NEW YORK (AP) — Triangle Pest Control’s original workspace was a 2,000-square-foot garage housing 25 people — the technicians who did the bug control work, as well as all the sales and support staffers. It was hard for employees to handle phone calls when everyone sat so close together.

“We were all crammed in,” says Triangle spokeswoman Laura Simis. Then the company, based in Holly Springs, North Carolina, expanded into the space next door. Turnover among the support and sales staff fell by 45 percent in one year.

An uncomfortable workplace, whether due to space, noise or aesthetics, can be a drag on morale and make it harder for people to work. And the kinds of workspace amenities that Silicon Valley has become famous for — big open areas, gyms, video games and nap spaces — are beyond the reach of most small businesses. But many find that if they ask staffers what they want, there are ways to make their space cheerful and inspiring.

The three-story building that the Phelps Agency moved out of in 2016 inhibited the creativity of the advertising and marketing company, CEO Ed Chambliss says. A staircase linked the first and second floors of the building in Santa Monica, but local codes prohibited stairs between floors two and three. Third-floor staffers felt abandoned.

“They didn’t feel like they were part of the group,” Chambliss says. And for lower-floor staffers, it was “out of sight, out of mind” about their upper-floor colleagues.

The new space in nearby Playa Vista has everyone in one open office. Workstation partitions of frosted glass offer some privacy, and staffers can retreat to conference rooms or an outdoor deck for solitude. It’s a more attractive building and located in a less urban area.

“It’s a lot of little things that make a difference,” Chambliss says.

The dominant trend in workspace design the past few years has been the open plan, with few or no offices, partitions and cubicles. Staffers often sit side-by-side at workstations or desks. One advantage is the open office’s flexibility, and it can be cheaper to furnish than those with cubicles. Owners like open offices because they foster teamwork and camaraderie. The downside: Some staffers need a little isolation.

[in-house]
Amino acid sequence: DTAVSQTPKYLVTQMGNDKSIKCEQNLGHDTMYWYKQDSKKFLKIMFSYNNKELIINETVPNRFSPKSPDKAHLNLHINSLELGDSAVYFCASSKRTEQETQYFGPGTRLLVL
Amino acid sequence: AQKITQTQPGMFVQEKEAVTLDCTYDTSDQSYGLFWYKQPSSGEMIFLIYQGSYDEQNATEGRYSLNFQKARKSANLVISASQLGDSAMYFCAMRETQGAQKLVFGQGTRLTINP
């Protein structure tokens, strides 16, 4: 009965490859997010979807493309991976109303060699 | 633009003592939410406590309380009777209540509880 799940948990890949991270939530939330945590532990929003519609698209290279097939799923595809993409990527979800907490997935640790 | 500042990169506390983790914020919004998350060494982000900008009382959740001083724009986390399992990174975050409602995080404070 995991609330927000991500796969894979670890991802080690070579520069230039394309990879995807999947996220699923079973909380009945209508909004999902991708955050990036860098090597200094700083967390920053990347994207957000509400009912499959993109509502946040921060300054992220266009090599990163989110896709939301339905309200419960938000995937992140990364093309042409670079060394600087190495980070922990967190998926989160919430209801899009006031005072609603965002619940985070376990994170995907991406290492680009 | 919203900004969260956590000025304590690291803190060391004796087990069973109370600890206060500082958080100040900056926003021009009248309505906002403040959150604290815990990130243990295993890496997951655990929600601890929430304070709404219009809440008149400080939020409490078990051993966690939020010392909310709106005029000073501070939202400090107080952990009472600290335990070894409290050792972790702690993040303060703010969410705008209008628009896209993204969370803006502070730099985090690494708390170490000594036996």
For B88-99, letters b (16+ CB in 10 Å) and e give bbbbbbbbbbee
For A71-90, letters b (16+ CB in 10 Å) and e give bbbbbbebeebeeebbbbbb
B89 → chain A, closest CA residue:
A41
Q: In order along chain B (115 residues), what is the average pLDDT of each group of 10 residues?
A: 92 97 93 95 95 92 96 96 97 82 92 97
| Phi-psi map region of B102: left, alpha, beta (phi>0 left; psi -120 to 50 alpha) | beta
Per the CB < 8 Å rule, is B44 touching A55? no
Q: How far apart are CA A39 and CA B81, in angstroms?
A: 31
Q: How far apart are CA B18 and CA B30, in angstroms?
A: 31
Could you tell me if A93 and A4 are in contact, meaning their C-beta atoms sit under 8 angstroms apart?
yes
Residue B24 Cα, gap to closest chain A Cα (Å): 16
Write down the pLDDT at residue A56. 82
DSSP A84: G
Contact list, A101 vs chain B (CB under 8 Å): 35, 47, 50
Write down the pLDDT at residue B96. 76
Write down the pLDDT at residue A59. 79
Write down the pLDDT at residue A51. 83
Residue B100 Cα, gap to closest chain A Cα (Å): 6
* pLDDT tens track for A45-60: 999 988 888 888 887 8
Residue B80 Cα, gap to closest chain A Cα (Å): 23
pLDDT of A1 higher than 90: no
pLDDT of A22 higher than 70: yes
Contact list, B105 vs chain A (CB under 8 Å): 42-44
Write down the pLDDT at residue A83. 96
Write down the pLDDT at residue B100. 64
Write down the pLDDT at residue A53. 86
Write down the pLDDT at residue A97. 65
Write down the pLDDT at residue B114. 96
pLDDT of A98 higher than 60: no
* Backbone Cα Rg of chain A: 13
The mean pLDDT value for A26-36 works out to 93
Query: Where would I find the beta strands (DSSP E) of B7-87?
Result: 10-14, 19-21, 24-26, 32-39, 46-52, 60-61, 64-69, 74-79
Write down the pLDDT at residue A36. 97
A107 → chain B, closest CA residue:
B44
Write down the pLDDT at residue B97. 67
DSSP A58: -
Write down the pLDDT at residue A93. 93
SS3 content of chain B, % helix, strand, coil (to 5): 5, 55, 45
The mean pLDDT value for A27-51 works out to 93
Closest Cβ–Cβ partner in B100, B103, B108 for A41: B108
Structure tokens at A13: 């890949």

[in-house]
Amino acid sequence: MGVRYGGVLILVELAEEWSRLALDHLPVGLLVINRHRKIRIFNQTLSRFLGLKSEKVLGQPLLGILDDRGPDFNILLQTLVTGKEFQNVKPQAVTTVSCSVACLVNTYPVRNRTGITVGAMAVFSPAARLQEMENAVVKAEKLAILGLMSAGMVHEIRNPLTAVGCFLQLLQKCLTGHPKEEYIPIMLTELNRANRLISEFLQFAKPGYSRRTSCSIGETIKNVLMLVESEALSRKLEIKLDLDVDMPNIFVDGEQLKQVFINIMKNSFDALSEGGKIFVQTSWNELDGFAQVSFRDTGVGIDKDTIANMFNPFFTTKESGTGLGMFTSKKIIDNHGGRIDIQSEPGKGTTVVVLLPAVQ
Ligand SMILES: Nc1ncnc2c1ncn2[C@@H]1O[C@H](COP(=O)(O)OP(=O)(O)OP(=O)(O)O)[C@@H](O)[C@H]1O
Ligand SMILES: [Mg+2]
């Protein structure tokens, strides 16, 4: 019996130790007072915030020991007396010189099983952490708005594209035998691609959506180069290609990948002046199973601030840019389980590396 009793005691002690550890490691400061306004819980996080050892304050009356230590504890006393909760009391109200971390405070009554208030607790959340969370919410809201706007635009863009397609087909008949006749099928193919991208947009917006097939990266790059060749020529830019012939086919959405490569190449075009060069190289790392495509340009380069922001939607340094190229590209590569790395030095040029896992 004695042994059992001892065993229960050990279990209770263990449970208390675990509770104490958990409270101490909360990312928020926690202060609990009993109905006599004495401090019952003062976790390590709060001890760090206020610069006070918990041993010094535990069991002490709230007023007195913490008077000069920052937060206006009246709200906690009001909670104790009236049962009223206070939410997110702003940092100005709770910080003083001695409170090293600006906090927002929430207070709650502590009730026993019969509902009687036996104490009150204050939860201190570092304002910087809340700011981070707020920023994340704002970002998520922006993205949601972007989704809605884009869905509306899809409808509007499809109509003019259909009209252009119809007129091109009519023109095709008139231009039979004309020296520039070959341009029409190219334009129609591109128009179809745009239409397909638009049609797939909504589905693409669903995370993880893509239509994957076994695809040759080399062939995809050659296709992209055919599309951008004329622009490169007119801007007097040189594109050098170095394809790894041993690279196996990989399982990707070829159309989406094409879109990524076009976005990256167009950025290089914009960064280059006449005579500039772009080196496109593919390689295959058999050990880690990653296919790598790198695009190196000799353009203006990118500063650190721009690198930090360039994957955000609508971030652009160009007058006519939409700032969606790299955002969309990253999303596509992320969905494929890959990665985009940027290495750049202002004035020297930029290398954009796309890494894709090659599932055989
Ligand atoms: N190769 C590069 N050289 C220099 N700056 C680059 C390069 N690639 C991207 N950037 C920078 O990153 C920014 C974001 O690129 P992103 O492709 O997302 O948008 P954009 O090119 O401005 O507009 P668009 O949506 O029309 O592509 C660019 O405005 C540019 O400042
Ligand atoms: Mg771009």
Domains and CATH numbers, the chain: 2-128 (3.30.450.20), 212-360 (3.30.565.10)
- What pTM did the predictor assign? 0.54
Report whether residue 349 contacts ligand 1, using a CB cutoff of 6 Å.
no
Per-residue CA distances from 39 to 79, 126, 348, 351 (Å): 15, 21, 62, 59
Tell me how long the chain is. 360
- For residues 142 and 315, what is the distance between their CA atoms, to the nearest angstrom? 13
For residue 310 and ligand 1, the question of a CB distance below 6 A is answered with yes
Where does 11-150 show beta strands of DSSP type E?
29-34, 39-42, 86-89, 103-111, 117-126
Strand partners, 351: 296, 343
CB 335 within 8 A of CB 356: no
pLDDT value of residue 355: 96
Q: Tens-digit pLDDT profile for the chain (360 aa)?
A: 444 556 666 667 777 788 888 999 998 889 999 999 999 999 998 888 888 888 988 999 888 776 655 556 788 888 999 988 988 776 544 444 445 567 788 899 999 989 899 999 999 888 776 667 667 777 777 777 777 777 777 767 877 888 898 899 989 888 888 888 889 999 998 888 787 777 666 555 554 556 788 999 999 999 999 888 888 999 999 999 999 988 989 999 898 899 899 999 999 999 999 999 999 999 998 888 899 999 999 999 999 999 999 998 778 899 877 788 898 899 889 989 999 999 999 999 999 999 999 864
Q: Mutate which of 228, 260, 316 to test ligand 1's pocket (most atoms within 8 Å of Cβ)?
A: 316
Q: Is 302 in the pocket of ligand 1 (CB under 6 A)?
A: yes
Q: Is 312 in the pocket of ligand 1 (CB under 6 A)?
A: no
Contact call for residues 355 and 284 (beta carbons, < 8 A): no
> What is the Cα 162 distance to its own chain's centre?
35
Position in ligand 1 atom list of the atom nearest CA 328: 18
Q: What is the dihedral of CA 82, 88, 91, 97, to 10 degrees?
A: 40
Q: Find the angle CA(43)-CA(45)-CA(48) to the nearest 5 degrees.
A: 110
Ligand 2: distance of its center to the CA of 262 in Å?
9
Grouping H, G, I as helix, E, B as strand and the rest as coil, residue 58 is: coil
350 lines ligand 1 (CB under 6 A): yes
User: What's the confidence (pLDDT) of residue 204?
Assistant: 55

Small firms with big budgets can hire architects and designers to create better workspaces. But technology startup Owler needed to be frugal as it moved from one room into a bigger space in 2012. In order to create spaces in San Mateo, California, and a sales office in Spokane, Washington, the answer was design-it-yourself projects. CEO Jim Fowler asked staffers what they wanted, and the answers touched on comfort and flexibility.

“We’ve set up a lounge room where team members can slip away for a power nap. Each member of the Owler team has the option to use a standing or sitting desk, so they can work in a manner that’s most productive for them,” Fowler says.

Fowler shopped at Ikea for desks. The walls are painted in the company’s brand color, orange, and there’s a huge owl — a cloth representation that can be worn as a costume for Owler staff events and photos — at the office entrance.

“Just because you’re doing the lean thing, doesn’t mean you can’t spend your money on anything fun,” Fowler says.

Sometimes the problem isn’t space or layout, but clutter and cleanliness. If files and paraphernalia pile up, not only is that aesthetically unpleasant, it also increases what’s known as visual complexity. That gives staffers’ eyes and brains more to process and takes away from concentration and performance, says Sally Augustin, an environmental/design psychologist based in La Grange Park, Illinois.